These results are similar to a Details Report. Each row is a single location in the project that matched the given search condition. Just as can be done in the Detail Reports, it is possible to click on a row:

This will load the Source View for the AST node associated with the search match:

The search condition can be edited and enhanced in an iterative manner. Pressing Run will execute the search using the latest condition expression and will load the results into the screen:

If the expression is invalid (does not parse or pass validation) or if it results in a runtime error, the user will be notified:

Dismiss the error notification and edit the expression to resolve the error.


It should be noted that at this time, the error reporting is a bit "raw", as the error message displayed in the notification is taken directly from the TRPL engine when it parses, compiles, or applies a search expression. These messages originally were designed for TRPL programmers and are not necessarily user friendly. This is a known issue (#3337-2) which will be addressed as resources permit.

That being said, the most common error usually is a reference to a token type that does not exist (such as some_broken_stuff in the example above). Often, people will forget to specify a token type name with the prog qualifier, which is needed to identify a Progress AST token type in a search expression. For example,

type == kw_find /* incorrect */

instead of
type == prog.kw_find /* correct */

Another variation of this mistake is simply to get the name of a token type wrong, for example,
type == prog.find /* incorrect */

instead of
type == prog.kw_find /* correct */

Since there are so many different token types in the Progress language syntax, it is best to refer to a definitive reference to make sure you are specifying the token type intended. In this case, that reference is the FWD source code; specifically, com/goldencode/p2j/uast/progress.g or com/goldencode/p2j/uast/ProgressParserTokenTypes.txt (note that the latter is only generated once the FWD project is built from source).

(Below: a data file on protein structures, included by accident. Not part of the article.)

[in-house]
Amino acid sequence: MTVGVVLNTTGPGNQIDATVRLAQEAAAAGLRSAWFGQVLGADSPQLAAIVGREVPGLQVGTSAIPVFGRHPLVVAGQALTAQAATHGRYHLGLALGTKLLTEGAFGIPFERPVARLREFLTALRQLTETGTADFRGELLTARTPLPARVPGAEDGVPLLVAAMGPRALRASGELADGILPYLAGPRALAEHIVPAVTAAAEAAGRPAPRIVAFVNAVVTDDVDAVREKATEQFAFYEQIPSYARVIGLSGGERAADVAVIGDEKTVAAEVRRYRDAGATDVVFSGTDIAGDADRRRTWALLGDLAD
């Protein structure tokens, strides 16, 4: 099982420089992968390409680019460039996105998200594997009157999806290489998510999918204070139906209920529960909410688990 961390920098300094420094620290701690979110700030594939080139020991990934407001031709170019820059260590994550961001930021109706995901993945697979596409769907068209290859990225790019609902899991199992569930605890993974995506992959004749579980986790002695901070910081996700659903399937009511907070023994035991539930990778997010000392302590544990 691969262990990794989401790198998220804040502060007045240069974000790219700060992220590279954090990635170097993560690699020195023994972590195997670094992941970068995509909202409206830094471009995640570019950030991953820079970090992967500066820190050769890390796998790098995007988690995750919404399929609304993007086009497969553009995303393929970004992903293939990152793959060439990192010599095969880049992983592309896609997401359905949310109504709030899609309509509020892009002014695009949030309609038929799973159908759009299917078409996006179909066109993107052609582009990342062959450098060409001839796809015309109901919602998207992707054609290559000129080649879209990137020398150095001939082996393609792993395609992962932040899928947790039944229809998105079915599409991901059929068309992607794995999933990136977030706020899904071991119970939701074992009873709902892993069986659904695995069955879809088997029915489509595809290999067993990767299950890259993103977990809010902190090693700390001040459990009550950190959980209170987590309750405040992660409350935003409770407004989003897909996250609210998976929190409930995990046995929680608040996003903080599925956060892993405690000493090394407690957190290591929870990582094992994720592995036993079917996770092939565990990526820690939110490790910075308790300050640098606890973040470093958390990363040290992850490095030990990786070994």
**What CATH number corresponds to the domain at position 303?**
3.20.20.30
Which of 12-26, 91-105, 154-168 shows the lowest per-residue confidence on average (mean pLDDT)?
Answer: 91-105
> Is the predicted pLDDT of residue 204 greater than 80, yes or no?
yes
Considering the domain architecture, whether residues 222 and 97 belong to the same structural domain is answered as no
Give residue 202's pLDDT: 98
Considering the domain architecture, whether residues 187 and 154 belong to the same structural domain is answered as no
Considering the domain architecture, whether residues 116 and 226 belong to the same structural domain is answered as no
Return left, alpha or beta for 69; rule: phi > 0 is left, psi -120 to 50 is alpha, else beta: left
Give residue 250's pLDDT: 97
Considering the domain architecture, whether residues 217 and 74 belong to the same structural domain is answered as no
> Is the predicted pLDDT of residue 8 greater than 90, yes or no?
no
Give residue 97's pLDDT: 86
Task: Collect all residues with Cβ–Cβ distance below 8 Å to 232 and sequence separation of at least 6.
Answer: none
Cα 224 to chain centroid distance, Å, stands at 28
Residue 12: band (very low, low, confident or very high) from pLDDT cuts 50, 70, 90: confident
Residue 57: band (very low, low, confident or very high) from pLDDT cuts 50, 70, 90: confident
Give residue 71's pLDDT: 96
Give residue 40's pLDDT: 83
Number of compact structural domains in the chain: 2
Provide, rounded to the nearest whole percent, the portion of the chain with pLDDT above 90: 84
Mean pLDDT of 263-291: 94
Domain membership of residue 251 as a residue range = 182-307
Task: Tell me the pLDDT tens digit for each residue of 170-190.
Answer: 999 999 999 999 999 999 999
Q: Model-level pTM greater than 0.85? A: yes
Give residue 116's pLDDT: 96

Another very common search expression pitfall for those accustomed to ABL programming is that TRPL uses the == operator to test equivalence and the = operator for an assignment operation. ABL uses the = operator for both equivalence and assignment, depending upon context. Assignment is not meaningful in a search expression, so one will always want to use == to test the equivalence of two operands. However, it is easy to mistype this operator as = out of habit. This error will result in a rather cryptic error message from the TRPL engine like, java.lang.Integer cannot be cast to java.lang.Long. If you see something like this, be sure to check your comparison operators.

For additional context on a particular error, it may be helpful to look at the report server log file, normally located at ./deploy/server/report_server.log (relative to the project home directory), which contains more verbose error logging than is reported by the web application.

If it is still not clear what caused a search expression error, please look for a similar issue in the FWD Conversion Forum ( or post a new question there.

Finally, please note that the message, No matches found for the given criteria is not an error. It indicates that your search expression was valid, but the condition it represented simply did not match any of the ASTs searched.